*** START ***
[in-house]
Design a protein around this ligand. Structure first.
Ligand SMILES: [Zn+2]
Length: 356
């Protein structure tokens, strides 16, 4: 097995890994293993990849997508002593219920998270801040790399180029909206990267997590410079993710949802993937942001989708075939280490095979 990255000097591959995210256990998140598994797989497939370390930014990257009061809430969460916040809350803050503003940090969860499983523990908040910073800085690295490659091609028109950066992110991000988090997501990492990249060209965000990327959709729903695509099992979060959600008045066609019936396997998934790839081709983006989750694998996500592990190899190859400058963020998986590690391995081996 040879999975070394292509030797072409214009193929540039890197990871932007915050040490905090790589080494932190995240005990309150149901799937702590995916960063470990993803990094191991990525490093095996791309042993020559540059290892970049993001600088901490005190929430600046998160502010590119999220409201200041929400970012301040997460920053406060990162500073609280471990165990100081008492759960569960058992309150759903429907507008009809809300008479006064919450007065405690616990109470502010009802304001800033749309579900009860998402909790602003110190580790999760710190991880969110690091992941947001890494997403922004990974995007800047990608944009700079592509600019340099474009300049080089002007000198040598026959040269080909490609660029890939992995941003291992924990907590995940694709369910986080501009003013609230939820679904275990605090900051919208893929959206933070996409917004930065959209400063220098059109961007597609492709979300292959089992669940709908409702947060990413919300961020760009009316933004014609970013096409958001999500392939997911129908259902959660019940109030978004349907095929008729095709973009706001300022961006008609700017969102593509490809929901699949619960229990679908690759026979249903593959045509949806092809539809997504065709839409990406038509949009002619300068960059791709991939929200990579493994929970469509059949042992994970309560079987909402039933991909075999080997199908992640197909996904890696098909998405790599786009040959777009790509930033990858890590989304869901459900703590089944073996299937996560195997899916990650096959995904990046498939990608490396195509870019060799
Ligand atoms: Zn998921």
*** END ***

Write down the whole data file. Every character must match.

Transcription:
[in-house]
Design a protein around this ligand. Structure first.
Ligand SMILES: [Zn+2]
Length: 356
């Protein structure tokens, strides 16, 4: 097995890994293993990849997508002593219920998270801040790399180029909206990267997590410079993710949802993937942001989708075939280490095979 990255000097591959995210256990998140598994797989497939370390930014990257009061809430969460916040809350803050503003940090969860499983523990908040910073800085690295490659091609028109950066992110991000988090997501990492990249060209965000990327959709729903695509099992979060959600008045066609019936396997998934790839081709983006989750694998996500592990190899190859400058963020998986590690391995081996 040879999975070394292509030797072409214009193929540039890197990871932007915050040490905090790589080494932190995240005990309150149901799937702590995916960063470990993803990094191991990525490093095996791309042993020559540059290892970049993001600088901490005190929430600046998160502010590119999220409201200041929400970012301040997460920053406060990162500073609280471990165990100081008492759960569960058992309150759903429907507008009809809300008479006064919450007065405690616990109470502010009802304001800033749309579900009860998402909790602003110190580790999760710190991880969110690091992941947001890494997403922004990974995007800047990608944009700079592509600019340099474009300049080089002007000198040598026959040269080909490609660029890939992995941003291992924990907590995940694709369910986080501009003013609230939820679904275990605090900051919208893929959206933070996409917004930065959209400063220098059109961007597609492709979300292959089992669940709908409702947060990413919300961020760009009316933004014609970013096409958001999500392939997911129908259902959660019940109030978004349907095929008729095709973009706001300022961006008609700017969102593509490809929901699949619960229990679908690759026979249903593959045509949806092809539809997504065709839409990406038509949009002619300068960059791709991939929200990579493994929970469509059949042992994970309560079987909402039933991909075999080997199908992640197909996904890696098909998405790599786009040959777009790509930033990858890590989304869901459900703590089944073996299937996560195997899916990650096959995904990046498939990608490396195509870019060799
Ligand atoms: Zn998921």